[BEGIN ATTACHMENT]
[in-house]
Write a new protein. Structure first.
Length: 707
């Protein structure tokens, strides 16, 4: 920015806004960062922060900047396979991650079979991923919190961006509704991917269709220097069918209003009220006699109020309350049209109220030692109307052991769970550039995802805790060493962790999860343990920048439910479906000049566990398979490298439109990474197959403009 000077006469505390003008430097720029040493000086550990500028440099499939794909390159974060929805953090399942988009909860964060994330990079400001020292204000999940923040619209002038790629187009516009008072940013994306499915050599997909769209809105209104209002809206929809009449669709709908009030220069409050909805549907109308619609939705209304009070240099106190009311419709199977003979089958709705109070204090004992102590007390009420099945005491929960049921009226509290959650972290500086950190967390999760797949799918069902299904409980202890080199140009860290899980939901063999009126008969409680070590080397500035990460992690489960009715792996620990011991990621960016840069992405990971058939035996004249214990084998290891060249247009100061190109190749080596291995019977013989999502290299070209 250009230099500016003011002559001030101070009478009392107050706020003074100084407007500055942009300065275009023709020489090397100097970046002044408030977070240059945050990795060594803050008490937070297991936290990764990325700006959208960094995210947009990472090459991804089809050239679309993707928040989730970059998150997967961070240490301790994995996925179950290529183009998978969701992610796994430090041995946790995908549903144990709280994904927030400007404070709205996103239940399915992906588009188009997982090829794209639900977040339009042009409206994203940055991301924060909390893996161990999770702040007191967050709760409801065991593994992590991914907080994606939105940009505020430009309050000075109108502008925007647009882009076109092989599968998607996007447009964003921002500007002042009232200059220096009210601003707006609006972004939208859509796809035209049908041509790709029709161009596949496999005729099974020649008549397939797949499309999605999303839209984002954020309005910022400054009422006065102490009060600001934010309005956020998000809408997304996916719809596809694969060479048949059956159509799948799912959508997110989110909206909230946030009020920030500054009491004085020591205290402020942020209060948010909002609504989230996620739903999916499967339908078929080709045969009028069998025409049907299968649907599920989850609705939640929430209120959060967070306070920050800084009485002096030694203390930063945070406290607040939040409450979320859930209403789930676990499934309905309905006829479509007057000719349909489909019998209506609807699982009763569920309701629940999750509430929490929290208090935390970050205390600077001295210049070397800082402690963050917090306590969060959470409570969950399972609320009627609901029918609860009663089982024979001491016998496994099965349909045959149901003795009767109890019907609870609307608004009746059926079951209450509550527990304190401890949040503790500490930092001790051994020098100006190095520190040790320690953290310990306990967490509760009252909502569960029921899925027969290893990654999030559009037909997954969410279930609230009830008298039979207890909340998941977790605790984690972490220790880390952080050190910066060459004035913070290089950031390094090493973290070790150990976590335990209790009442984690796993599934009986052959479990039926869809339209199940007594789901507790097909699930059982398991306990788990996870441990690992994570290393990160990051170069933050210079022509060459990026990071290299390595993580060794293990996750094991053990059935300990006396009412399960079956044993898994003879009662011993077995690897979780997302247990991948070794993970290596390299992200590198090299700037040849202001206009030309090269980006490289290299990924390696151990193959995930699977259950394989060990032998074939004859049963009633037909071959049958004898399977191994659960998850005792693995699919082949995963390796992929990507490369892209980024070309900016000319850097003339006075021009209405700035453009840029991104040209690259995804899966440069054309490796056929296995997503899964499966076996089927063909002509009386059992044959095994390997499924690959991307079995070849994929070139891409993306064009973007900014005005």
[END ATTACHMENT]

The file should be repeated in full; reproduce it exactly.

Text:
[in-house]
Write a new protein. Structure first.
Length: 707
């Protein structure tokens, strides 16, 4: 920015806004960062922060900047396979991650079979991923919190961006509704991917269709220097069918209003009220006699109020309350049209109220030692109307052991769970550039995802805790060493962790999860343990920048439910479906000049566990398979490298439109990474197959403009 000077006469505390003008430097720029040493000086550990500028440099499939794909390159974060929805953090399942988009909860964060994330990079400001020292204000999940923040619209002038790629187009516009008072940013994306499915050599997909769209809105209104209002809206929809009449669709709908009030220069409050909805549907109308619609939705209304009070240099106190009311419709199977003979089958709705109070204090004992102590007390009420099945005491929960049921009226509290959650972290500086950190967390999760797949799918069902299904409980202890080199140009860290899980939901063999009126008969409680070590080397500035990460992690489960009715792996620990011991990621960016840069992405990971058939035996004249214990084998290891060249247009100061190109190749080596291995019977013989999502290299070209 250009230099500016003011002559001030101070009478009392107050706020003074100084407007500055942009300065275009023709020489090397100097970046002044408030977070240059945050990795060594803050008490937070297991936290990764990325700006959208960094995210947009990472090459991804089809050239679309993707928040989730970059998150997967961070240490301790994995996925179950290529183009998978969701992610796994430090041995946790995908549903144990709280994904927030400007404070709205996103239940399915992906588009188009997982090829794209639900977040339009042009409206994203940055991301924060909390893996161990999770702040007191967050709760409801065991593994992590991914907080994606939105940009505020430009309050000075109108502008925007647009882009076109092989599968998607996007447009964003921002500007002042009232200059220096009210601003707006609006972004939208859509796809035209049908041509790709029709161009596949496999005729099974020649008549397939797949499309999605999303839209984002954020309005910022400054009422006065102490009060600001934010309005956020998000809408997304996916719809596809694969060479048949059956159509799948799912959508997110989110909206909230946030009020920030500054009491004085020591205290402020942020209060948010909002609504989230996620739903999916499967339908078929080709045969009028069998025409049907299968649907599920989850609705939640929430209120959060967070306070920050800084009485002096030694203390930063945070406290607040939040409450979320859930209403789930676990499934309905309905006829479509007057000719349909489909019998209506609807699982009763569920309701629940999750509430929490929290208090935390970050205390600077001295210049070397800082402690963050917090306590969060959470409570969950399972609320009627609901029918609860009663089982024979001491016998496994099965349909045959149901003795009767109890019907609870609307608004009746059926079951209450509550527990304190401890949040503790500490930092001790051994020098100006190095520190040790320690953290310990306990967490509760009252909502569960029921899925027969290893990654999030559009037909997954969410279930609230009830008298039979207890909340998941977790605790984690972490220790880390952080050190910066060459004035913070290089950031390094090493973290070790150990976590335990209790009442984690796993599934009986052959479990039926869809339209199940007594789901507790097909699930059982398991306990788990996870441990690992994570290393990160990051170069933050210079022509060459990026990071290299390595993580060794293990996750094991053990059935300990006396009412399960079956044993898994003879009662011993077995690897979780997302247990991948070794993970290596390299992200590198090299700037040849202001206009030309090269980006490289290299990924390696151990193959995930699977259950394989060990032998074939004859049963009633037909071959049958004898399977191994659960998850005792693995699919082949995963390796992929990507490369892209980024070309900016000319850097003339006075021009209405700035453009840029991104040209690259995804899966440069054309490796056929296995997503899964499966076996089927063909002509009386059992044959095994390997499924690959991307079995070849994929070139891409993306064009973007900014005005």